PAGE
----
Updated from Tuesday, March 3
Are these two sentiments reconcilable?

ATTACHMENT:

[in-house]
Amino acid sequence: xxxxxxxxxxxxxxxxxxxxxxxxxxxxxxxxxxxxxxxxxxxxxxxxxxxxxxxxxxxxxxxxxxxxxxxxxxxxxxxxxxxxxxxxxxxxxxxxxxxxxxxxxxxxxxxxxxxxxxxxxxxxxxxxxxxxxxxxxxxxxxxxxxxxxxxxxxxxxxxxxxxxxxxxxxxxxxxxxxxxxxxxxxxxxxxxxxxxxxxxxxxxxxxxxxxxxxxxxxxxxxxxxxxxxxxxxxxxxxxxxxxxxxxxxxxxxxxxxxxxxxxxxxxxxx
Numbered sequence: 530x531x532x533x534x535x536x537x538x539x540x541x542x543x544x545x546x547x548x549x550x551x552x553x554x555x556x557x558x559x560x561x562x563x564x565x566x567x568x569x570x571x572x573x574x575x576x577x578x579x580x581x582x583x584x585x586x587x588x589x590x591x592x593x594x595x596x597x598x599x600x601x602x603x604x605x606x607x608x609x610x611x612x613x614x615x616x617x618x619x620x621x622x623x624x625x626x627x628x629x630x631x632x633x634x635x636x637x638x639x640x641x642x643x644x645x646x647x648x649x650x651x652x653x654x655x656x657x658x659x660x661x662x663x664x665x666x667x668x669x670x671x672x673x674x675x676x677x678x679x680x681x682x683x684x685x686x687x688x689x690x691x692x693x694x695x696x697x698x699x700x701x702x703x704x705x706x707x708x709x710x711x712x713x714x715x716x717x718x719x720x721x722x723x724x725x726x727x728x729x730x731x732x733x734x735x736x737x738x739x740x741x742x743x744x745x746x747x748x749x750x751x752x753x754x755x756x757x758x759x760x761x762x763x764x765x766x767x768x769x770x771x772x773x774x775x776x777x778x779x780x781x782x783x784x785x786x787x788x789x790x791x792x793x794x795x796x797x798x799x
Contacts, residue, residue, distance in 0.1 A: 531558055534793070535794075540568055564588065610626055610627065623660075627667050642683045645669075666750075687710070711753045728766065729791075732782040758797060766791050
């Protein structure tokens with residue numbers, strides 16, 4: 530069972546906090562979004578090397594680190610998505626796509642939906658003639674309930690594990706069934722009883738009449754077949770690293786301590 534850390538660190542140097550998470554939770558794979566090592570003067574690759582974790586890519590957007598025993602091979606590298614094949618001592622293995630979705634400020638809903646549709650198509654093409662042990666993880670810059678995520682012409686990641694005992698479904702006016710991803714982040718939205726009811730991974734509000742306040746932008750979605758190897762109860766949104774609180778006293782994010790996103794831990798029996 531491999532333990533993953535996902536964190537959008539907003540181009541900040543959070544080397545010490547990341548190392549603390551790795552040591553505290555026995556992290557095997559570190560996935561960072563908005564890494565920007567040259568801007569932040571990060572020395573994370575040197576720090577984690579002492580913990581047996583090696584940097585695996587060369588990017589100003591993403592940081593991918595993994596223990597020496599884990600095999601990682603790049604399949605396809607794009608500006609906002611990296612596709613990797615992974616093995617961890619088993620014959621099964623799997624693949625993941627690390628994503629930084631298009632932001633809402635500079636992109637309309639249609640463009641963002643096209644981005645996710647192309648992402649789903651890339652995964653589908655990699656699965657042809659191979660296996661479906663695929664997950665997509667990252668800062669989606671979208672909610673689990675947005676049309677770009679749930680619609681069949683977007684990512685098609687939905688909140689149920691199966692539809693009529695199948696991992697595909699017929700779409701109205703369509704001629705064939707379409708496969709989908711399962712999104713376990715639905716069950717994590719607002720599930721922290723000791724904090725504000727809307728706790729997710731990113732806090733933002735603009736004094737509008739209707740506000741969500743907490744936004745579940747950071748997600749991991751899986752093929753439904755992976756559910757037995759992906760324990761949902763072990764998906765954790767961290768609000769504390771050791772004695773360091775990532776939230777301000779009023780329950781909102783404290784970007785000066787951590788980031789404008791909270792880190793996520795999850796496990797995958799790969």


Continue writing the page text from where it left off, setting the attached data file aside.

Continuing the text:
Lewis, the bank's CEO, asserted before Congress last month that BofA's "core business is strong." He told staffers in a memo last month that, "Bank of America does not need any further assistance today, and I am confident we will not need any further assistance in the future. I believe our company has more than enough capital, liquidity and earnings power to make it through this downturn on our own from here on out."He went a step further on Monday, telling the Financial Times that BofA accepted too much money from the government. Lewis called his request for $20 billion to support the bank's acquisition of Merrill Lynch a "tactical mistake" that was done out of "an abundance of caution." Bank of America only needed half that amount, he told the FT. Investors have heard Lewis' line before -- from executives at Lehman Brothers, Citigroup (C - Get Report), AIG (AIG - Get Report), Fannie Mae (FNM) and Freddie Mac (FRE), among others -- and are loathe to trust the CEOs of financial institutions on their word alone. Citi needed another massive lifeline from the government last week, and rumors circulated that BofA -- another banking behemoth with a myriad of financial services products -- would be the next to fall. Worries persist, especially in light of Bank of America's substantial risk exposure in several categories: Credit cards, mortgages and investment banking.